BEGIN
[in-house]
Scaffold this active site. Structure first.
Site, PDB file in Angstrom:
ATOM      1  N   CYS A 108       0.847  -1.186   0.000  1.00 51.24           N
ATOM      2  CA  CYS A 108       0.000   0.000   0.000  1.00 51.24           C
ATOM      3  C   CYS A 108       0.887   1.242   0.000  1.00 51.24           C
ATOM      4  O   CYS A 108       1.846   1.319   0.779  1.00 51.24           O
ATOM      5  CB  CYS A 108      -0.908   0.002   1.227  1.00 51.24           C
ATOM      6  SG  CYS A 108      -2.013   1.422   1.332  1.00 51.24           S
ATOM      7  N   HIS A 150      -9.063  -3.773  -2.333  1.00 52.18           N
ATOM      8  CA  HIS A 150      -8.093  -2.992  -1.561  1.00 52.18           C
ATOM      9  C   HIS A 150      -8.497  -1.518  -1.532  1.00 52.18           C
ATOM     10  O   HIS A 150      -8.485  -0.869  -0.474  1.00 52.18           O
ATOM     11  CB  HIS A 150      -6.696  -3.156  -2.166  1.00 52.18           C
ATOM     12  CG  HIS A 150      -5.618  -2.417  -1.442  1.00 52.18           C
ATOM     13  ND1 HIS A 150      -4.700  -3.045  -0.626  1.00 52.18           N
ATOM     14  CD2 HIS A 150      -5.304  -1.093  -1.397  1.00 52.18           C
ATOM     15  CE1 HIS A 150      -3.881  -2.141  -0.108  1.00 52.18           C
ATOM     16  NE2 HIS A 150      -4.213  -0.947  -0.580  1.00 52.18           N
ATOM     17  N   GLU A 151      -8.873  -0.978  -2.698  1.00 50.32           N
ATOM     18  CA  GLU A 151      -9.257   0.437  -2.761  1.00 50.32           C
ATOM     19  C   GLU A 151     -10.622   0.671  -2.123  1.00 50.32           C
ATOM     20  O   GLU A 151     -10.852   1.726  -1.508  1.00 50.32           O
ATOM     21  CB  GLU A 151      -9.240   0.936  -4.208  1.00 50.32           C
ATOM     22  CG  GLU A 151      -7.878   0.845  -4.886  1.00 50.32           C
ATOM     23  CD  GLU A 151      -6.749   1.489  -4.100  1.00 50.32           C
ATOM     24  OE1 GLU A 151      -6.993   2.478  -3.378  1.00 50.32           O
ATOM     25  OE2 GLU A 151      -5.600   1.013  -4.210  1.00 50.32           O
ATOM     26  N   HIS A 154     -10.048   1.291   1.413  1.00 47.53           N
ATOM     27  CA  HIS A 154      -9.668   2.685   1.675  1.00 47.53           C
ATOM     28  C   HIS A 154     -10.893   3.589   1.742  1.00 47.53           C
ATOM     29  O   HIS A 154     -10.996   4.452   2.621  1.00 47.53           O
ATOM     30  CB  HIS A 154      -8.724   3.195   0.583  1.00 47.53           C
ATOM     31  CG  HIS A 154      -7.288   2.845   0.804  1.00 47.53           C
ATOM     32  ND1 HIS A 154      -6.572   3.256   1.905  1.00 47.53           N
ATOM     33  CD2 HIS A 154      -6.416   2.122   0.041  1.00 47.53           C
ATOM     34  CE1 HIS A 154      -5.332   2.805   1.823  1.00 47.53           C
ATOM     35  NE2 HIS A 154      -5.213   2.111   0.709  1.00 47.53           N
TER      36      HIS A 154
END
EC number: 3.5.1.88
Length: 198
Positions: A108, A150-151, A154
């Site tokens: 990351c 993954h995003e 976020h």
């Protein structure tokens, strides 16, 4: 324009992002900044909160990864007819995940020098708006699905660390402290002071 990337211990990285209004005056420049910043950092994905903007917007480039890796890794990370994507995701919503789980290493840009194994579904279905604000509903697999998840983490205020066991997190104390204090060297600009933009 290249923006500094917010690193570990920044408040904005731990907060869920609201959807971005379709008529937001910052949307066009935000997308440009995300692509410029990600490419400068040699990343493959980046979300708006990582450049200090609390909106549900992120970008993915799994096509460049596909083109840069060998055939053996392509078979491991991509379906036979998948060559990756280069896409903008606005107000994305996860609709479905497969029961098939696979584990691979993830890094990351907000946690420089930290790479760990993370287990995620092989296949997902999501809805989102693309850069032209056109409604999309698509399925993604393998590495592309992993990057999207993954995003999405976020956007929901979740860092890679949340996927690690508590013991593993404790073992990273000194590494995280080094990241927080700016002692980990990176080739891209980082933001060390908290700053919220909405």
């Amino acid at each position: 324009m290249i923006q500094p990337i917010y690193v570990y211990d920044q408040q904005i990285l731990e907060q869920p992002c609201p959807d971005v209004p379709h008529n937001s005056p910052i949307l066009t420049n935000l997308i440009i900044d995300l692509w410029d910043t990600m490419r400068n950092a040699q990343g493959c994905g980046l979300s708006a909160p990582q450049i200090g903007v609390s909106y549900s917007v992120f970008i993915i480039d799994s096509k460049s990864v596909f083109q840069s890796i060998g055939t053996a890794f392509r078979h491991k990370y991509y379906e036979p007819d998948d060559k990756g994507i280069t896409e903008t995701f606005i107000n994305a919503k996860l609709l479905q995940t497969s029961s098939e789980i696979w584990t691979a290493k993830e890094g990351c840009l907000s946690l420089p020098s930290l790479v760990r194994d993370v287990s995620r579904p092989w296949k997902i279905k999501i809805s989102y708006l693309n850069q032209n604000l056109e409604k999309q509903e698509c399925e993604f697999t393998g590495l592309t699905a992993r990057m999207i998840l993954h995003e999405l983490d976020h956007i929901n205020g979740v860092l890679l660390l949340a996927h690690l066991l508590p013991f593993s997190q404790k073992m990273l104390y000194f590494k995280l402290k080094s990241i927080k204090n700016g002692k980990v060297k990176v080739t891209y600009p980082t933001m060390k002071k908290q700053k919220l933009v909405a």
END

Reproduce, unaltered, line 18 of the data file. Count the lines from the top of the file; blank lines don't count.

ATOM     15  CE1 HIS A 150      -3.881  -2.141  -0.108  1.00 52.18           C